Let’s start right at the beginning.
This article will answer the champagne basics, the information you’ve always wanted to know, but haven’t been game to ask.
In a world where champagne can often be drowned in snobbery and pretentious nonsense, it can be incredibly awkward to admit you don’t know what ‘Grand Cru’ means. A description of ‘Grand Cru’ and other basic terms is outlined below.
Blanc de Blancs
Literally ‘white from white’. White champagne made exclusively from white grapes, usually chardonnay.
Blanc de Noirs
Literally ‘white from black’. White champagne made exclusively from the dark-skinned grapes pinot noir and/or meunier. This is achieved by gentle pressing, removing the juice from the skins before any colour leaches out.
Chef de Cave
The ‘chief ’ or ‘chef ’ in the cellar (champagne winemaker).
Brut means raw/dry, containing less than 12g/L sugar (formerly less than 15g/L sugar – champagne is becoming pleasingly drier!). 12g/L of sugar is equivalent to less than a teaspoon in a cup of coffee. Extra Brut has even less sugar (less than 6g/L).
The first 2,050 litres of juice from a 4,000-kilogram press. This is the best bit of the juice. The term also refers to an individual blend or style, and this is its most common use on labels.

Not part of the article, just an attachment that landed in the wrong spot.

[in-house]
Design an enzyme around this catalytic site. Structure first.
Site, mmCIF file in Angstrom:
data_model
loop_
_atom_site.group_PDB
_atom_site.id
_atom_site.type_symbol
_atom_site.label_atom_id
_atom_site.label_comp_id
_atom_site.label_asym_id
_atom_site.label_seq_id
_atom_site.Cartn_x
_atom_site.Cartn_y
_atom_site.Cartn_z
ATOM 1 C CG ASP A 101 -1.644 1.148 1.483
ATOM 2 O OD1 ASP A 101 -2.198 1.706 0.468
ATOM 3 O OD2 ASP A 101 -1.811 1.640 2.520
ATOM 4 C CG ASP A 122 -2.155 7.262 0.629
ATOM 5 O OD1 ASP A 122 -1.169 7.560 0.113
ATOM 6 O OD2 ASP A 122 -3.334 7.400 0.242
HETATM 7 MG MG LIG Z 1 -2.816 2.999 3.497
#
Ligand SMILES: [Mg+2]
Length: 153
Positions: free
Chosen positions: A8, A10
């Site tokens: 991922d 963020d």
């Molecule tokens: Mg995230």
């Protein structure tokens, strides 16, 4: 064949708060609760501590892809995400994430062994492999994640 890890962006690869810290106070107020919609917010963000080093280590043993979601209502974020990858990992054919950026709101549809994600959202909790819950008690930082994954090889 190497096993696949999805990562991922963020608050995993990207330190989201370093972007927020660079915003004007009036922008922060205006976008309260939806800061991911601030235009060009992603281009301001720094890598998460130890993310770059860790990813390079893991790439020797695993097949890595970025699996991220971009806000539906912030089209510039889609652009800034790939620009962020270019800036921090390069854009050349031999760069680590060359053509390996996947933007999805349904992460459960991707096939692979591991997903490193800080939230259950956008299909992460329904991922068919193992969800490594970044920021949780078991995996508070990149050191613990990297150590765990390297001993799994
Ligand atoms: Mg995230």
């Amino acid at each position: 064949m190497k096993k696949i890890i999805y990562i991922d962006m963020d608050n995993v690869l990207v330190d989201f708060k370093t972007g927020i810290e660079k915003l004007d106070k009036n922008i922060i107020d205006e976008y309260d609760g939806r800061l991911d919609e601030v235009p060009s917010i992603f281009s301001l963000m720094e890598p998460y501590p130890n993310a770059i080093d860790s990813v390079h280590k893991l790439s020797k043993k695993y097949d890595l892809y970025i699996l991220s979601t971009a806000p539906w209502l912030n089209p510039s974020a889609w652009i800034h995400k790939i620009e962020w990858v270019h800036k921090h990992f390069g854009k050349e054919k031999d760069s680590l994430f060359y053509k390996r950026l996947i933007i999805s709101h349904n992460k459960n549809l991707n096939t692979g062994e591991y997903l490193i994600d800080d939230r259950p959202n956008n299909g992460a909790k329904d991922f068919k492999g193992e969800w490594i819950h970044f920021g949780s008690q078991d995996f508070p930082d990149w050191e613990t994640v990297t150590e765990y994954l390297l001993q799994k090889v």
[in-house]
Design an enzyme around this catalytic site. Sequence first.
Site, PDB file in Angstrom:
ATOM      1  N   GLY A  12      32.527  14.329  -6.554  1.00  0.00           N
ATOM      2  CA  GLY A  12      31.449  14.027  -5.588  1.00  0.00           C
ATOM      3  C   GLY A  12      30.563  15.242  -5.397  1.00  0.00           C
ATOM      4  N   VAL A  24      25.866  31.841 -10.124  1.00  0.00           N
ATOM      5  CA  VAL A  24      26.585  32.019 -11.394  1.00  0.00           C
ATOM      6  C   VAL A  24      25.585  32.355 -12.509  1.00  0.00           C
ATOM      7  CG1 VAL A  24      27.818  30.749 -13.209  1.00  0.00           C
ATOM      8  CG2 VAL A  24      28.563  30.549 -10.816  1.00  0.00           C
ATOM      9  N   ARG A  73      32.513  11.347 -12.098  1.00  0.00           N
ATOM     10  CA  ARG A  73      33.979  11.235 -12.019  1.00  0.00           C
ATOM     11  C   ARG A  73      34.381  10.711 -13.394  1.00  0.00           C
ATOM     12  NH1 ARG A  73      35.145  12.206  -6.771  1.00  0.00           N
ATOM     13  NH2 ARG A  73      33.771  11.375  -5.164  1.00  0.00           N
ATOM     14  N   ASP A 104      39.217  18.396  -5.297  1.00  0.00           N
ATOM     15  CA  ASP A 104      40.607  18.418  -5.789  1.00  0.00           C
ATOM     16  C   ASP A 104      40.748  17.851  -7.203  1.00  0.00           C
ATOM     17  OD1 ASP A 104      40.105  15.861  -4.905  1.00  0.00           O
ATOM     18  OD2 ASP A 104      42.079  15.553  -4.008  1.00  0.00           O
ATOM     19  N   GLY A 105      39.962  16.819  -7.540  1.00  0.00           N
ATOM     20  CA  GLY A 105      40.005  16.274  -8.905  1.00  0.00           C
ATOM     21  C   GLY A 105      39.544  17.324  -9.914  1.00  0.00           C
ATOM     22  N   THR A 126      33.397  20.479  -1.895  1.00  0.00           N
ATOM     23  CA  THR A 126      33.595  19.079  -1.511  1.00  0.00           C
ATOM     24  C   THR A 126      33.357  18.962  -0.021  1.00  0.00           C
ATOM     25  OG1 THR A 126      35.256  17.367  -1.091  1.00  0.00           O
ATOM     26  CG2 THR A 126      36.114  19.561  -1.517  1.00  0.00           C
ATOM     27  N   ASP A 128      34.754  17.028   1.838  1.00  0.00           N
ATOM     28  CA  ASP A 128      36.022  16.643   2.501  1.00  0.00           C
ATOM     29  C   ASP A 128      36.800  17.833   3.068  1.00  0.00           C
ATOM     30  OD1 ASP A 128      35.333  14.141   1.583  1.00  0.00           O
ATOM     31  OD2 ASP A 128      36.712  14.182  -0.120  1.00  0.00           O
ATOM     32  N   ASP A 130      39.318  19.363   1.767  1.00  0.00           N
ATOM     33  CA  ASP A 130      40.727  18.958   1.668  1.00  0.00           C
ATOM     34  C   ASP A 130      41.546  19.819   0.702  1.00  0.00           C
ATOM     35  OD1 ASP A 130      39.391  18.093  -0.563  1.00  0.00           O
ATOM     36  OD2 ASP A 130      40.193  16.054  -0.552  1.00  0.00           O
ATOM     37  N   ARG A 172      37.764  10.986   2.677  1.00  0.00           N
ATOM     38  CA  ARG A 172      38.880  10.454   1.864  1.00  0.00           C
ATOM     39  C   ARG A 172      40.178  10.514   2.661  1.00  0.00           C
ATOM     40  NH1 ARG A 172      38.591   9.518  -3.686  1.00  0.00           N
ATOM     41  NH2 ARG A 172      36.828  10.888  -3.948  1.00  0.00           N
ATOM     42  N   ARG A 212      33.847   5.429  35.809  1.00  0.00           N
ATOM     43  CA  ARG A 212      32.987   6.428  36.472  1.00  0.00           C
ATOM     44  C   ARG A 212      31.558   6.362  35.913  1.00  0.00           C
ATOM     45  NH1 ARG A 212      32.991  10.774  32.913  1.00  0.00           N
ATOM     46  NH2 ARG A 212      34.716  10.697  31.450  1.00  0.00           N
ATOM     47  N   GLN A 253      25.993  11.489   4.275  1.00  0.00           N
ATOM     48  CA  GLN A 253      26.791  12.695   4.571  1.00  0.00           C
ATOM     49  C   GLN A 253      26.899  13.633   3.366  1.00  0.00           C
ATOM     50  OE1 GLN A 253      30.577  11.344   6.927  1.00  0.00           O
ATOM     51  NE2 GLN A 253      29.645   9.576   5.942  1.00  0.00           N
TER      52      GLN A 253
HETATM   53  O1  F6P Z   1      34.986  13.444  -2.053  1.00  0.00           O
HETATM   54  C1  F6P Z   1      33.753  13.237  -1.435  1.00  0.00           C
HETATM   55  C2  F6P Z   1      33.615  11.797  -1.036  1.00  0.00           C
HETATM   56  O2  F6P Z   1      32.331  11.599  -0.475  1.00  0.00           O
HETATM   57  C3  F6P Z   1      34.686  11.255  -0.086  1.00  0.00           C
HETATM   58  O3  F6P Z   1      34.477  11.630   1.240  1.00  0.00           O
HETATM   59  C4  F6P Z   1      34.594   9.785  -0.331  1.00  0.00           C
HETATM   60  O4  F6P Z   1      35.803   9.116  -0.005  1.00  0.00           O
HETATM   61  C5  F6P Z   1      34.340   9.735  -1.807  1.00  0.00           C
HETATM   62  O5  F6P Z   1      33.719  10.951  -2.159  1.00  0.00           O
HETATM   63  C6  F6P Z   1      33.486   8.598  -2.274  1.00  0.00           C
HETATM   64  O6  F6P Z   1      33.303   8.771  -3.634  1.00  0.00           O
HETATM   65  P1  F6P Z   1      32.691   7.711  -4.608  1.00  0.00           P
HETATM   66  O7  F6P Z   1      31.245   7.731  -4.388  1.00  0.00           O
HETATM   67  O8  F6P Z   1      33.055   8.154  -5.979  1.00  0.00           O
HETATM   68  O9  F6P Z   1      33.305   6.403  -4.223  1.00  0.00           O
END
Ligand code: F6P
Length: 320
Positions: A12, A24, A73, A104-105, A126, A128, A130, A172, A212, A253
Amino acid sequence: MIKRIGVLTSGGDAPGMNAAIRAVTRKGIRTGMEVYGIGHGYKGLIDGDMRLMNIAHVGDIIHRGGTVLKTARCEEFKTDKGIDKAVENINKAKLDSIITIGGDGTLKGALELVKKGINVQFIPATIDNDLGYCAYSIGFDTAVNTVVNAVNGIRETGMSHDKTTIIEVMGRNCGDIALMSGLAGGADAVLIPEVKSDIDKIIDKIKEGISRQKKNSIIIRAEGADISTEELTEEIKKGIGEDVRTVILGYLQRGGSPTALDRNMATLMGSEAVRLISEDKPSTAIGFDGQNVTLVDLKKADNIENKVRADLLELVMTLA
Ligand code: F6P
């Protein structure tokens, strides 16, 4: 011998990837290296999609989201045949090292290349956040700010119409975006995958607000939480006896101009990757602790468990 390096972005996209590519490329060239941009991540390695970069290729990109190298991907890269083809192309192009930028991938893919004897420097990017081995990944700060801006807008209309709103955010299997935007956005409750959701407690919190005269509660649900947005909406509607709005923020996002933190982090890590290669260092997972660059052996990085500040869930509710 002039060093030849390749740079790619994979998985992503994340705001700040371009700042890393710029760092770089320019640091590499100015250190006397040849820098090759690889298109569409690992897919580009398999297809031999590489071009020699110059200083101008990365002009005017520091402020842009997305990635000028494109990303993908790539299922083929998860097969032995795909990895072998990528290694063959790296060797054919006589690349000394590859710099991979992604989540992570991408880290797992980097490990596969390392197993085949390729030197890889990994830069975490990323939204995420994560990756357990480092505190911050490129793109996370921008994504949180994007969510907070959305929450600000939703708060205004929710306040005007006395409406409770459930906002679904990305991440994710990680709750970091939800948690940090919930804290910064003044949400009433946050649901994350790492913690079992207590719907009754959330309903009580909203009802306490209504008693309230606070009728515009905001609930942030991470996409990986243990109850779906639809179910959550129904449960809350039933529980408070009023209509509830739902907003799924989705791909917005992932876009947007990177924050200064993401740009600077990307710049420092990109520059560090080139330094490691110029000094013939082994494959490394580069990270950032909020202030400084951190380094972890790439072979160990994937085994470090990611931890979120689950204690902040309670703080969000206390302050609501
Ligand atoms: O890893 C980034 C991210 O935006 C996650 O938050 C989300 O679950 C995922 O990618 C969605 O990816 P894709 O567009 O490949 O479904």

Sec = Dry, though ironically it’s sweeter than brut, with between 17 and 32g/L of sugar. We’re up to two teaspoons of sugar in your cup of coffee now!
Demi-sec = Medium Dry (sweeter). 32-50g/L of sugar. If you drink your coffee with 3 or 4 teaspoons of sugar, this could be the champagne for you.
Cru, Premier Cru, Grand Cru
This is Champagne’s antiquated vineyard classification system. The highest vineyard classification is Grand Cru. In Champagne, this classification is crudely applied to a village and all the vineyards within its bounds acquire the same classification. Seventeen villages are classified as Grand Cru. Premier cru is the next tier, with 41 villages. All other champagne villages are simply referred to as Crus. There are 320 in all.
Wine from grapes picked in a single year.
A champagne containing wine from more than one vintage (year).
A pink version of champagne. It’s typically made by blending champagne with a small amount of local red wine. Sometimes, the Chef de Cave will create the pink colour by allowing the skins of red grapes to leach their colour into the blend. Why is rosé champagne so expensive? Find out here.
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